As the Trump Administration works to keep the flow of aggressive China-related headlines flowing across social media, Politico reported on Tuesday that the administration is weighing the possibility of labeling Beijing’s treatment of Muslim minority Uighurs a “genocide”.
Of course, for this label to have any real power or affect, it would have to be backed by the UN Security Council. And seeing as China has a permanent seat and veto power, the odds of this ever flying at the UN are virtual impossible.
Yet, the story – which will almost certainly elicit a rebuke from Beijing, and/or in the state-controlled press – also traces other more likely alternatives which highlight the fact that the Trump Administration is taking the issue of the Uighurs human rights’ violations at the hands of an unaccountable regime extremely seriously.
The contrast is clear: Trump is fighting to preserve America’s status as a bastion of liberty in the eyes of the world, while white educated college students work with criminals and other misguided ‘radicals’ to undermine order and confidence in the US, arguing that Trump’s election was such an “affront to Democracy”, that nothing he says or does makes any difference.
The United States is weighing formally labeling China’s brutal repression of ethnic Muslim minority Uighurs a “genocide,” two Trump administration officials said.
Activists and lawmakers have been pushing for the genocide designation in recent months, but mere consideration of the possibility by the U.S. government could further damage badly frayed ties between Beijing and Washington. It also comes in the heat of the 2020 presidential campaign, in which the two sides have jousted over which candidate would be tougher on China. A spokesperson for Joe Biden noted that the former vice president supports the label — a factor that could influence President Donald Trump’s calculations.
The discussion, which reportedly involves several executive branch departments along with the NSC and White House, is still reportedly in its “early stages”.
The internal administration discussions are still at the early stages, involving working level officials at the State Department, the National Security Council and the Department of Homeland Security, according to the administration officials who spoke to POLITICO on condition of anonymity. If there’s not enough consensus to use the term genocide, the administration could instead accuse the Chinese leadership of other atrocities, such as “crimes against humanity” or “ethnic cleansing.”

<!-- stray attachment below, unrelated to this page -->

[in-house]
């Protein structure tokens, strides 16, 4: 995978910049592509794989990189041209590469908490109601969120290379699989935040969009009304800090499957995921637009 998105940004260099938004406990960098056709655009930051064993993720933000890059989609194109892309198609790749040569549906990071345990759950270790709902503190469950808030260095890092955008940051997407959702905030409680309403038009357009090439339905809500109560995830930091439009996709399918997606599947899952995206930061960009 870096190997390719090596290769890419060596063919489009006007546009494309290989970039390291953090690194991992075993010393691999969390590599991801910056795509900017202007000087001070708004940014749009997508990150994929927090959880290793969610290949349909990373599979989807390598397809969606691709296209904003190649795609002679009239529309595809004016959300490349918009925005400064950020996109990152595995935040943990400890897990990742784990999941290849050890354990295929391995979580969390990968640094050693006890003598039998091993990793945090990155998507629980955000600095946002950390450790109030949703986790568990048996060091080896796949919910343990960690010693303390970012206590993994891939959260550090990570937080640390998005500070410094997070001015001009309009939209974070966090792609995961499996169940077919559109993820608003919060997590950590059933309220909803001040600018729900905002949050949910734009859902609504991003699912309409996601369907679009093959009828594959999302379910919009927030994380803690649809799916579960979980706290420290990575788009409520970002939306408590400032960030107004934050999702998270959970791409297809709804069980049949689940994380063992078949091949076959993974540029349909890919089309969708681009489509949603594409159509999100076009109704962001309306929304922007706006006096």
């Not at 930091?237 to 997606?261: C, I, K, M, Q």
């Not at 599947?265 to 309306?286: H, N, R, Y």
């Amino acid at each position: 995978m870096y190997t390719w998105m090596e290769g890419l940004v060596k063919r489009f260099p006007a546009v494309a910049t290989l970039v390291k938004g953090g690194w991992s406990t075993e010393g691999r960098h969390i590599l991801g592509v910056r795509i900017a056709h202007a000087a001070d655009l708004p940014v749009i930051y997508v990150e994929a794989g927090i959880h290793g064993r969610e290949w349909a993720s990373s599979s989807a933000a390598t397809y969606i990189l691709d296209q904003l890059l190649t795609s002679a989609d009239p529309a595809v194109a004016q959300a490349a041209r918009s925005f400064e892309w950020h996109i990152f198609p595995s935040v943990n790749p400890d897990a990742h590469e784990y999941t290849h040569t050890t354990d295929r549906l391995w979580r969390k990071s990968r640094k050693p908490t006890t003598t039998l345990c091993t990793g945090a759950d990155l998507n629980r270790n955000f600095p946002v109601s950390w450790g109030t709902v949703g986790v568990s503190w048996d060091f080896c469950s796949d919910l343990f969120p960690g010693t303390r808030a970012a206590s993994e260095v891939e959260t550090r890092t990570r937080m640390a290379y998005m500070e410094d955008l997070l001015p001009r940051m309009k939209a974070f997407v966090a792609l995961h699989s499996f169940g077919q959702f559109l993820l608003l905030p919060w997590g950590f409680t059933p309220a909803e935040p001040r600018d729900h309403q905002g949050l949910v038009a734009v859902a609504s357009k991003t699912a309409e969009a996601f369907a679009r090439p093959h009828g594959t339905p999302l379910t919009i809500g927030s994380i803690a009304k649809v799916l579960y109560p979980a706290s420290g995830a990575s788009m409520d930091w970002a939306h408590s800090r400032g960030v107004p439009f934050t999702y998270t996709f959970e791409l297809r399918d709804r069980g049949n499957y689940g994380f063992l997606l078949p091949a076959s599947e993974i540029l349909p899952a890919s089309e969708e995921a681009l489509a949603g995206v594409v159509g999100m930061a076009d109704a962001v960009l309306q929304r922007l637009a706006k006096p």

White House national security adviser Robert O’Brien has accused China’s communist leaders of running “concentration camps” for Uighurs in Xinjiang, a northwestern province home to millions of Uighurs. A member of a United Nations human rights panel said in 2018 that China had “turned the Uighur autonomous region into something that resembles a massive internment camp,” where people are held without charge and little recourse to get legal representation to be released. More than a million Uighurs are believed to be held in such facilities.
Uighur rights groups have accused the Chinese government of torturing many Uighurs, forcing Uighur women to get abortions and be sterilized, feeding some detainees poorly and trying to wipe away their distinct ethnic culture, including forcing many to denounce Islam and chant Communist Party slogans. Beijing also uses extensive surveillance technology to track Uighurs.
Genocide declarations are rare, legally tricky and highly politically sensitive. U.S. officials have at times tried to avoid such declarations in the past, not least because, in theory, international law would compel some sort of American intervention — though not necessarily the military kind.
Given that Politico isn’t a frequent venue for insider scoops from the administration, it’s possible that whoever leaked this story might have an axe to grind against Sec of State Mike Pompeo. Perhaps it’s a crusading bureaucrat frustrated with the secretary’s realpolitik approach.
NSC spokesman John Ullyot also didn’t address the genocide discussion but did say in a statement: “The Chinese Communist Party’s atrocities also include the largest incarceration of an ethnic minority since World War II. Where the previous administration and many other world leaders delivered speeches and empty rhetoric, President Trump has taken bold action.” A DHS spokesman declined to comment.
The term “ethnic cleansing” isn’t found in international law, so it’s effectively meaningless. But the US has used it to denounce ethnic violence in the past. For example, the Trump White House has already used it to denounce the persecution of Rohingya Muslims in Myanmar by the government run by Nobel Peace Prize Laureate Aung San Suu Kyi. Apparently, Sec of State Mike Pompeo has pushed back on labeling the persecution of Rohingya a genocide for fear that it would drive Myanmar closer to Beijing.
But even Politico has a hard time reconciling Trump’s unwavering support for Uighers, a Muslim minority group in a region that is no stranger to terror, with the allegations of “Islamophobia” frequently lobbed at Trump and his administration.
Unsurprisingly, we haven’t seen this story picked up by CNN, or any other mainstream media orgs.
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